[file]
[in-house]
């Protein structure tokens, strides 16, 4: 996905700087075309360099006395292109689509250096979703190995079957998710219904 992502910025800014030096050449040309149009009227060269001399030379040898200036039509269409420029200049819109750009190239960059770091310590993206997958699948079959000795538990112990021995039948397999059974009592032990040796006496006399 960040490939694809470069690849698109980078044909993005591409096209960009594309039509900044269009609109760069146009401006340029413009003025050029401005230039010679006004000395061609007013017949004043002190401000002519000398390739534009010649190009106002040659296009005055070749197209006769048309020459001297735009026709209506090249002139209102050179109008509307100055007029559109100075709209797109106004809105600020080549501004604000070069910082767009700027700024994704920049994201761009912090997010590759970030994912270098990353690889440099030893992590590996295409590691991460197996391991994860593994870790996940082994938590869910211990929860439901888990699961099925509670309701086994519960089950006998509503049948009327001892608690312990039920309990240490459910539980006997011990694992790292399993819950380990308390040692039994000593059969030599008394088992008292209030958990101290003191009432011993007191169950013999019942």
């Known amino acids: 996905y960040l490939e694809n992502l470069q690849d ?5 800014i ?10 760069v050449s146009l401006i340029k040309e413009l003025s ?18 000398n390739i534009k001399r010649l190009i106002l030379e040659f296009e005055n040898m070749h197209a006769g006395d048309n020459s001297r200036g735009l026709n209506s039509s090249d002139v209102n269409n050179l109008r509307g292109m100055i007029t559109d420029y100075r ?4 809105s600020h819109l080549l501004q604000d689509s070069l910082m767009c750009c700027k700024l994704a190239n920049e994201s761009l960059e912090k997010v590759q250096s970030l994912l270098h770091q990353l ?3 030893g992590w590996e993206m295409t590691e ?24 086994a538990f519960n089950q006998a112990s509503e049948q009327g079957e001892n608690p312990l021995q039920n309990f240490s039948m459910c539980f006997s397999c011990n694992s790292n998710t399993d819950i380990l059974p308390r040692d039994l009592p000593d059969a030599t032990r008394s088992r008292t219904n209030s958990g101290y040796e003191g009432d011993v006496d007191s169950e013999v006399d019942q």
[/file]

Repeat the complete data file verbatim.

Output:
[in-house]
């Protein structure tokens, strides 16, 4: 996905700087075309360099006395292109689509250096979703190995079957998710219904 992502910025800014030096050449040309149009009227060269001399030379040898200036039509269409420029200049819109750009190239960059770091310590993206997958699948079959000795538990112990021995039948397999059974009592032990040796006496006399 960040490939694809470069690849698109980078044909993005591409096209960009594309039509900044269009609109760069146009401006340029413009003025050029401005230039010679006004000395061609007013017949004043002190401000002519000398390739534009010649190009106002040659296009005055070749197209006769048309020459001297735009026709209506090249002139209102050179109008509307100055007029559109100075709209797109106004809105600020080549501004604000070069910082767009700027700024994704920049994201761009912090997010590759970030994912270098990353690889440099030893992590590996295409590691991460197996391991994860593994870790996940082994938590869910211990929860439901888990699961099925509670309701086994519960089950006998509503049948009327001892608690312990039920309990240490459910539980006997011990694992790292399993819950380990308390040692039994000593059969030599008394088992008292209030958990101290003191009432011993007191169950013999019942």
């Known amino acids: 996905y960040l490939e694809n992502l470069q690849d ?5 800014i ?10 760069v050449s146009l401006i340029k040309e413009l003025s ?18 000398n390739i534009k001399r010649l190009i106002l030379e040659f296009e005055n040898m070749h197209a006769g006395d048309n020459s001297r200036g735009l026709n209506s039509s090249d002139v209102n269409n050179l109008r509307g292109m100055i007029t559109d420029y100075r ?4 809105s600020h819109l080549l501004q604000d689509s070069l910082m767009c750009c700027k700024l994704a190239n920049e994201s761009l960059e912090k997010v590759q250096s970030l994912l270098h770091q990353l ?3 030893g992590w590996e993206m295409t590691e ?24 086994a538990f519960n089950q006998a112990s509503e049948q009327g079957e001892n608690p312990l021995q039920n309990f240490s039948m459910c539980f006997s397999c011990n694992s790292n998710t399993d819950i380990l059974p308390r040692d039994l009592p000593d059969a030599t032990r008394s088992r008292t219904n209030s958990g101290y040796e003191g009432d011993v006496d007191s169950e013999v006399d019942q």